Among the groundbreaking exhibitions, impacting not only the practices of accredited artists but the cultural arena at large, were shows at the Whitney Studio Club (1924), at the Museum of Modern Art in the 1930s and 1940s, and at the Corcoran Gallery of Art (1982) and Los Angeles County Museum of Art (1992). Although a timely subject, no in-depth exhibition with this mandate, combining about 350 works by about 85 artists, both formally trained and untrained, has been mounted to date.

416 pages | 480 illustrations | 10 x 12 inches

Coming January 2018

Image: Book cover of "Michel Sittow: Estonian Painter at the Courts of Renaissance Europe"

Michel Sittow: Estonian Painter at the Courts of Renaissance Europe
John Hand et al.

Undoubtedly the greatest Renaissance artist from Estonia, Michel Sittow (c. 1469–1525) was born in Reval (present-day Tallinn). After relocating to Bruges, where he likely studied with Hans Memling, Sittow went to Spain to work at the court of King Ferdinand of Aragon and Queen Isabella of Castile. He later worked at Danish and Netherlandish courts before returning to Reval during his final years. Sittow painted religious subjects, but was especially renowned as a portraitist.

Through some twenty works, Michel Sittow: Estonian Painter at the Courts of Renaissance Europe represents most of Sittow’s relatively small but artistically impressive output. The exhibition offers an opportunity to consider works attributed to Sittow and to examine his oeuvre in the broader context of his artistic milieu, including Sittow’s possible collaboration with Netherlandish painter Juan de Flandes. An international advisory committee, including John Hand, Greta Koppel, and others, will collaborate to write the fully illustrated catalog. A slimmer volume, published exclusively in Estonian, will focus on Sittow within the cultural framework of his homeland.

176 pages | 130 illustrations | 9.625 x 11.5 inches

Coming January 2018

Image: Book cover of "Sally Mann: A Thousand Crossings"

Sally Mann: A Thousand Crossings
Sarah Greenough et al.

For more than forty years, Sally Mann (b. 1951) has made experimental, elegiac, and hauntingly beautiful photographs that explore the overarching themes of existence, memory, desire, death, the bonds of family, and nature’s magisterial indifference to human endeavor. What unites this broad body of work—portraits, still lifes, landscapes, and other studies—is that it is all “bred of a place,” the American South. Fully immersed in the region’s literary and visual culture, Mann, a native of Lexington, Virginia, has long written about what it means to live in the South and to be identified as a Southerner. Using her deep love of her homeland and her knowledge of its historically fraught heritage, she asks searching questions about history, identity, race, and religion that reverberate across geographic and national boundaries.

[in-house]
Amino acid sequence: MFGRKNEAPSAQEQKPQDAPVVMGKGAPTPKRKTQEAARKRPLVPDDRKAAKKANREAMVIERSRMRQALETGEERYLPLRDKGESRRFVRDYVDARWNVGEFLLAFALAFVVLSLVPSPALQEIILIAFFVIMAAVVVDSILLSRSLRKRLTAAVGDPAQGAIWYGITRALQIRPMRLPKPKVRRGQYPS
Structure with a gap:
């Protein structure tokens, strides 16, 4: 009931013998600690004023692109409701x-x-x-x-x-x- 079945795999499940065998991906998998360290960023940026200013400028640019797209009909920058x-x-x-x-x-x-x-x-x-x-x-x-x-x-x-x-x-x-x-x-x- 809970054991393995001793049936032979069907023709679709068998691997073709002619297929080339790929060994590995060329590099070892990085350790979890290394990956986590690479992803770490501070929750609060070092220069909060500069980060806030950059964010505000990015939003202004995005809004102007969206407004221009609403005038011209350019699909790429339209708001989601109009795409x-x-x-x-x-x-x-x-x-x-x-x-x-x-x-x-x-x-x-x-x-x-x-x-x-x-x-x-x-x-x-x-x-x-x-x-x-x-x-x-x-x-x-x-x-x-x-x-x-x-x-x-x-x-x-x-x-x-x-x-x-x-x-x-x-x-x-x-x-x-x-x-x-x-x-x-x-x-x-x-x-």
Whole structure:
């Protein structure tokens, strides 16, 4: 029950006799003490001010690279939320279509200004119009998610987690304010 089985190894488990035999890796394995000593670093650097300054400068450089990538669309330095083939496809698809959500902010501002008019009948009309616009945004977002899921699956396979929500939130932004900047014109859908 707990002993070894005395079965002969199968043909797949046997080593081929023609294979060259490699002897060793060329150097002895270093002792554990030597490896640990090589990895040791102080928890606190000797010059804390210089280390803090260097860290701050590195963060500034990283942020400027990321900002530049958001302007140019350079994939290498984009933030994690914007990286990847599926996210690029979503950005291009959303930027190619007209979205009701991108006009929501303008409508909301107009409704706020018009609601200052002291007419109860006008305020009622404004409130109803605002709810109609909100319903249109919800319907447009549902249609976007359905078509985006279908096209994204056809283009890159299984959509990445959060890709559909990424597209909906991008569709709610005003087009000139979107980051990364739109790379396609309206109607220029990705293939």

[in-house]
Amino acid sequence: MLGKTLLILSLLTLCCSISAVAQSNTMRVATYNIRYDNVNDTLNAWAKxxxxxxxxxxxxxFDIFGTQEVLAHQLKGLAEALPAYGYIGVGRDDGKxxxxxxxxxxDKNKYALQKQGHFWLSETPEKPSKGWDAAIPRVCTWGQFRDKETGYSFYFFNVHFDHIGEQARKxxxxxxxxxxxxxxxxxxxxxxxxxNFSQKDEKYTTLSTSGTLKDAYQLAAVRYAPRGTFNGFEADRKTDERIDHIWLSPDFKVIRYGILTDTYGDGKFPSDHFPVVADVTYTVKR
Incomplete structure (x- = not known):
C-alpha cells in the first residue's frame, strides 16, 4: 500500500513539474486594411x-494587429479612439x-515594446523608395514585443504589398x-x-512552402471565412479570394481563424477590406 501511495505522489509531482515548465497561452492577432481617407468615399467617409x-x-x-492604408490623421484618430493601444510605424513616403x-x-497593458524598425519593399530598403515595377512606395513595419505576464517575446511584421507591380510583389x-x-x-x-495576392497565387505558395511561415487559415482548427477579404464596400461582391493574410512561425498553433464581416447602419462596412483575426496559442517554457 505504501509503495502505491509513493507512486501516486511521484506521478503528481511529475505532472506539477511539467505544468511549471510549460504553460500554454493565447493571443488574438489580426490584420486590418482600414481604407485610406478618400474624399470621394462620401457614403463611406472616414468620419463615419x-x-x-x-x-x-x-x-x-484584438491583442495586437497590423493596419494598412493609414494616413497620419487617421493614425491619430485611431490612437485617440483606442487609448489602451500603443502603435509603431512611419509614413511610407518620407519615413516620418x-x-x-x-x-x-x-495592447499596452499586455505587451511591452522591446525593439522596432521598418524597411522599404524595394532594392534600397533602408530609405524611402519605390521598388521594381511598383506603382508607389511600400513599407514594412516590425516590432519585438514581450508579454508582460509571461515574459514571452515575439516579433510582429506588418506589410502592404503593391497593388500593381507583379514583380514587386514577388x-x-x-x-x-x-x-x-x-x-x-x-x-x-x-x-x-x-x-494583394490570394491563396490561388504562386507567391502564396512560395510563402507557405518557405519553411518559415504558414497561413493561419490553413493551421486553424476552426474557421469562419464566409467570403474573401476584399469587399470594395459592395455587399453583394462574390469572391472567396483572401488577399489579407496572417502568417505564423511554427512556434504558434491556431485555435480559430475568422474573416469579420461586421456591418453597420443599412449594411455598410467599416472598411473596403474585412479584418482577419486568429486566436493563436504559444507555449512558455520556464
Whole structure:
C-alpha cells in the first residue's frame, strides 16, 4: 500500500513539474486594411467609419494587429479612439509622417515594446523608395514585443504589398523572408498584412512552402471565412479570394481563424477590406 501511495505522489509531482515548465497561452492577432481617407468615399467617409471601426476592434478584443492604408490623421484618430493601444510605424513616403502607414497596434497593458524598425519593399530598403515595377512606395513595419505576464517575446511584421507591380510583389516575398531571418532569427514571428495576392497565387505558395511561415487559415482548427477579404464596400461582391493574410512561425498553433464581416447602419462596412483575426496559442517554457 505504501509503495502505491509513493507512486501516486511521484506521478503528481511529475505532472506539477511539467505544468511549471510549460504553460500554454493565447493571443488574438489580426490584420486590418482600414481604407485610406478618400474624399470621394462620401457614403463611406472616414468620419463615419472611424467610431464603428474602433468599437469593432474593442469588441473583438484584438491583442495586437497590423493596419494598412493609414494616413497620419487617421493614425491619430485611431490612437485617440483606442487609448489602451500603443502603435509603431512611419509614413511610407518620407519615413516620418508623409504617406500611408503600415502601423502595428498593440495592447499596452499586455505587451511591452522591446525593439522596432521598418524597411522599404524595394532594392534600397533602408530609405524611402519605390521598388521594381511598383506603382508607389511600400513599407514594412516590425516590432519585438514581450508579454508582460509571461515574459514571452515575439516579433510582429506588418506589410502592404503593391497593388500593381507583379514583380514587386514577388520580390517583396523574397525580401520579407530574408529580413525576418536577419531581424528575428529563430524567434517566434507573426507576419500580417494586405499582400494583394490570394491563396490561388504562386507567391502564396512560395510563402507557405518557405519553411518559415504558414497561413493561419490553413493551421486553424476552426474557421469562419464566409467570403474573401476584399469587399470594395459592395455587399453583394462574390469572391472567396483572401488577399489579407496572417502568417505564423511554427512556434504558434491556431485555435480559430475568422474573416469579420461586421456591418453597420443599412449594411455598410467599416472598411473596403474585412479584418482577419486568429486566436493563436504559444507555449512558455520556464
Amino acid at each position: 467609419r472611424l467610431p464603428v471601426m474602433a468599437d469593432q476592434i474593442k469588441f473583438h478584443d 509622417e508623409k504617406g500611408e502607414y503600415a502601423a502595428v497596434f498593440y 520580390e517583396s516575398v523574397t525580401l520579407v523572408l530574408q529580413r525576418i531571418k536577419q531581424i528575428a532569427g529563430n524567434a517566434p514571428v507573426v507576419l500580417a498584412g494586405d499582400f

This exhibition is the first major exhibition to examine how her relationship with her native land—as place and identity, with a rich literary and artistic tradition and a troubled history—has shaped Mann’s work. Organized into five sections (family, landscape, battlefields, legacy, and mortality) and including many works not previously exhibited or published, Sally Mann: A Thousand Crossings is at once a sweeping overview of this photographer’s artistic achievement of the past four decades and a focused exploration of how the legacy of the South, both homeland and graveyard, refuge and battleground, emerges within her work as a powerful and provocative force that continues to shape American identity and experience.

320 pages | 240 illustrations | 10.75 x 11.375 inches

Coming March 2018